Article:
The City of London from prehistoric times to c.1520, Volume III

The City of London from prehistoric times to c.1520
Publish date: 
Oxford University Press

General Editor: Mary D. Lobel
Topographical Mapping Editor: W.H Johns

From the description printed at publication:

'This large-format atlas provies ten full-colour maps of the City of London from Prehistoric times to the early sixteenth century.  Supported with full textual commentary and a gazetteer, they offer a unique view of the early development of a great capital city.

No topographical record of London existed until the late sixteenth century, by which time much of its magnificent medieval architecture was irretrievably lost.  From the sevententh century the medieval landscape was further obliterated by the widening or destruction of many old streets and lanes, and the creation of new thoroughfares. These lost dimensions are now illuminated in unique large-scale maps of the period c.1520, and in a series of meticulously detailed maps of earlier periods, including a map of pre-Roman London, showing the distribution of Iron Age sites with insets of Mesolitic, Neolithic, and Bronze Age finds.

Commentary by six distinguished scholars sets the topographical development of London within its historical context.  There is a chapter on the problems encountered and the methods used in the reconstruction, and a comprehensive gazetteer provides indispensable source material for every known principal building, street, lane, and alley of the medieval period.

This is the third volume on British towns produced by the Historic Towns Trust, and the first to be published by Oxford Univerity Press.'





  • View text, gazetteer and maps of early London from Volume III

    The Historic Towns Trust has made available the contents of Volume III of the series, available to download as PDFs. If you experience difficulties downloading the PDFs using Mozilla Firefox as your web browser, we suggest you try using Google Chrome. The atlas contains:

    • Contents and abbreviations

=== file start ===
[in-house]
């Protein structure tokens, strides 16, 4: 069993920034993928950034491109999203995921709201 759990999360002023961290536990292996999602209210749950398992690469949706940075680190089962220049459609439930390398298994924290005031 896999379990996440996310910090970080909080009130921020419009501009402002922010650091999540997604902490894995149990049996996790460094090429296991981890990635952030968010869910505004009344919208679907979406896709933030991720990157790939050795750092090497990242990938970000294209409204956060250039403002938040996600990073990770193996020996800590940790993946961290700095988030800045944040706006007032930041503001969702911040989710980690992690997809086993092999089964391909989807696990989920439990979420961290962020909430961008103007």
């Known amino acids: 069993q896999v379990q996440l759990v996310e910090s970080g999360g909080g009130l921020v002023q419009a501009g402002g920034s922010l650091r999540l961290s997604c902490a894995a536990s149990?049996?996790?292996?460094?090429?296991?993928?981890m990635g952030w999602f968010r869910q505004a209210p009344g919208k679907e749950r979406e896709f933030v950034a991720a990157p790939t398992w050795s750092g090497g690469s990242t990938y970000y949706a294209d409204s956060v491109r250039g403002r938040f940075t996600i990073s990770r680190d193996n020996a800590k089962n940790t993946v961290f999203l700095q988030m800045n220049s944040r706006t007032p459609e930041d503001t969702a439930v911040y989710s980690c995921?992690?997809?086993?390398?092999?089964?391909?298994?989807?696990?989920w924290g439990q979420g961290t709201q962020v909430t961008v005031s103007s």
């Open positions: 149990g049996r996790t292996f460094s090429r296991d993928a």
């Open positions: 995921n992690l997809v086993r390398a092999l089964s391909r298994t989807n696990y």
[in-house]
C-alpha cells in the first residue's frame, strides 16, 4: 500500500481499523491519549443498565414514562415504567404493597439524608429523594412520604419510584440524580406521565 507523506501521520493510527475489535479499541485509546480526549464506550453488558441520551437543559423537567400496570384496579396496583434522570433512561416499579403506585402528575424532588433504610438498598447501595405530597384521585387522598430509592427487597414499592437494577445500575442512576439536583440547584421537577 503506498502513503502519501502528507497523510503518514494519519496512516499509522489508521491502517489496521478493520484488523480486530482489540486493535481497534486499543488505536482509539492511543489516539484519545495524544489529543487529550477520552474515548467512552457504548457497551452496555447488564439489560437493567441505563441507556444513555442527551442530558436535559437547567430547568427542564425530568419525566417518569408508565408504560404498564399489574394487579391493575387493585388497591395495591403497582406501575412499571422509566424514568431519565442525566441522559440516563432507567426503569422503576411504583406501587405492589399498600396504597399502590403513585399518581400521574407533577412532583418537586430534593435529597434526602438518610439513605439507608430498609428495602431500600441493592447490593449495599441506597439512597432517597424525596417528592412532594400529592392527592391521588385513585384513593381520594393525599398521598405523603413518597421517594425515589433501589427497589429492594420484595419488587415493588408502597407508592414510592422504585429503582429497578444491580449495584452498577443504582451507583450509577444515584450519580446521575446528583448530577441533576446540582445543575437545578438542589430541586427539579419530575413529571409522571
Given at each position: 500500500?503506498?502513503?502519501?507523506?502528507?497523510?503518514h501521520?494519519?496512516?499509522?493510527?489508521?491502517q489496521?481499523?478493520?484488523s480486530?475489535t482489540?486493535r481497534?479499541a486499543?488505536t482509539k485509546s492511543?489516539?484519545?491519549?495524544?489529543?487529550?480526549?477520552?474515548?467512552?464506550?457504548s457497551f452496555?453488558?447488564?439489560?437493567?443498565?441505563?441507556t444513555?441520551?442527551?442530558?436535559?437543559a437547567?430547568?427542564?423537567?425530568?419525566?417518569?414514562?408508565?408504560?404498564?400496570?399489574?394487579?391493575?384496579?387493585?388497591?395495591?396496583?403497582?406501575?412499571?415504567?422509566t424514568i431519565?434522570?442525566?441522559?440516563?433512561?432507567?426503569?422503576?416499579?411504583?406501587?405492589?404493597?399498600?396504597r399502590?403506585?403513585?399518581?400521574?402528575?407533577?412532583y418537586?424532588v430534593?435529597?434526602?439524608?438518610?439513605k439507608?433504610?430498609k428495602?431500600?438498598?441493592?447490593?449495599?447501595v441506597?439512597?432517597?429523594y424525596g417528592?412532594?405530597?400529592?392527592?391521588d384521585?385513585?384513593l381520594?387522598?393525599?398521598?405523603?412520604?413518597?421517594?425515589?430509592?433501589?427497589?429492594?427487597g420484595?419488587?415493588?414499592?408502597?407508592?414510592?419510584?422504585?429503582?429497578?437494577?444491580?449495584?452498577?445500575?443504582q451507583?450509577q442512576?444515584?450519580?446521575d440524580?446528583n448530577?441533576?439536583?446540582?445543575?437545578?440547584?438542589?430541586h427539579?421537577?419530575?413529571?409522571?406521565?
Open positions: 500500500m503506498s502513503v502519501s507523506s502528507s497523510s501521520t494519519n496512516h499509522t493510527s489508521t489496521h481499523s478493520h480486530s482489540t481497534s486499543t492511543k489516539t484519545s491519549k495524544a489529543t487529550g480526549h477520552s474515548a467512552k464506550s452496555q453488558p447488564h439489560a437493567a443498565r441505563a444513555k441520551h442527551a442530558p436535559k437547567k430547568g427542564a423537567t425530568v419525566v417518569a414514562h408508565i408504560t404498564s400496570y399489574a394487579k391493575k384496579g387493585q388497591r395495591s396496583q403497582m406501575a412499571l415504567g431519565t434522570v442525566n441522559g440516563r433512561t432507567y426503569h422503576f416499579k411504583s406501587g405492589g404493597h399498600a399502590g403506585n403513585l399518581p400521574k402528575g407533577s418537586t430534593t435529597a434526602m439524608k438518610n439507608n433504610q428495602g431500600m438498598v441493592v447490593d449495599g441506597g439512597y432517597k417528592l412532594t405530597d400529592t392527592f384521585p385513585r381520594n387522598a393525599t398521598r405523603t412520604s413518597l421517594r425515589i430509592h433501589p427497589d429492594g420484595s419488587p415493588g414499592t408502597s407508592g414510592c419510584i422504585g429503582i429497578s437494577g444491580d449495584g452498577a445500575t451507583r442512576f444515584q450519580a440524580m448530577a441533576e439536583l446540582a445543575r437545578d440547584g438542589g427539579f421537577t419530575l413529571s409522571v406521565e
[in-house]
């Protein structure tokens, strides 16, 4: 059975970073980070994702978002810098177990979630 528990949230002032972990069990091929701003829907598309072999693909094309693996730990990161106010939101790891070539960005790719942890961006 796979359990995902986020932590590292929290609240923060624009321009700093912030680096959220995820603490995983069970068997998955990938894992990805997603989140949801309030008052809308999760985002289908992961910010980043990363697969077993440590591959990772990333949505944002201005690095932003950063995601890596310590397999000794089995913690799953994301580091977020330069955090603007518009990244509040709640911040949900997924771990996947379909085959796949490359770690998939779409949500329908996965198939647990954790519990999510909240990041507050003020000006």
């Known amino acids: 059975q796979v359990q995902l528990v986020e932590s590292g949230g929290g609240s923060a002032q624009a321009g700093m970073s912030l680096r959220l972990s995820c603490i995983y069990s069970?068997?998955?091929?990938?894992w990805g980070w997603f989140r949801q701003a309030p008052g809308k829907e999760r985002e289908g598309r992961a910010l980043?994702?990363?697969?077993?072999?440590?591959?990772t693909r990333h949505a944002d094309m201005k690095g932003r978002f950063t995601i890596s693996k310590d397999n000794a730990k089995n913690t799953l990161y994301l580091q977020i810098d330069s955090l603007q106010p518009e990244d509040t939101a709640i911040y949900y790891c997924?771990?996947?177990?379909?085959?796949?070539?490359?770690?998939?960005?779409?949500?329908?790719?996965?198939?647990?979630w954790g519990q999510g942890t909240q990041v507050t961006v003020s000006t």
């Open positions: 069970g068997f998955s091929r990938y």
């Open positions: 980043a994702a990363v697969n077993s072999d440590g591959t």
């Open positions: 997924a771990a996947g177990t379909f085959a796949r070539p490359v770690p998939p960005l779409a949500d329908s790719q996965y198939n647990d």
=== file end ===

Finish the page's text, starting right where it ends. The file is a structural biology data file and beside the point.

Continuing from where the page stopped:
• The text, in six chapters
    • The gazetteer, in three parts
    • Maps of the City of London from prehistoric times to c.1520

    An explanation of what a gazetteer is and how to use it can be found here.

    The scales of the maps as printed are as follows:

    • The Situation of London  Scale 1:250 000
    • The London Area in Pre-Roman Times  Scale 1:143 000
    • Roman London  Scale 1:5000
    • City of London c.1270  Scale 1:5000
    • City of London c.1520  (Maps 1 to 4)  Scale 1:2500
    • Wards c.1520  Scale 1:5000
    • Parishes c.1520  Scale 1:5000

    Note that these are the scales at which they were printed in the atlas (and hence compiled for reproduction at that scale), and will not be the scales if you print them out.  If you zoom into the PDF, you can't get out any more detail than was on the original maps!

    Map of London in 1520

    The maps of London as it appeared c.1520 (maps 1 to 4 in the atlas) have been digitised, georectified, extended in geographical scope to include parts of Southwark, and updated. They have been published as a Map of Tudor London.  The original maps will remain available free of charge on our web pages, but the new edition of the map has been substantially improved and revised to take into account the huge amount of archaeology and historical research that has taken place since the original map was published in 1989.

    Full details of the new Map of Tudor London 1520 (recommended retail price £9.99)  can be found here .

    The map also appears as part of the Layers of London on-line mapping project where it can be seen in context with other maps, both modern and historic.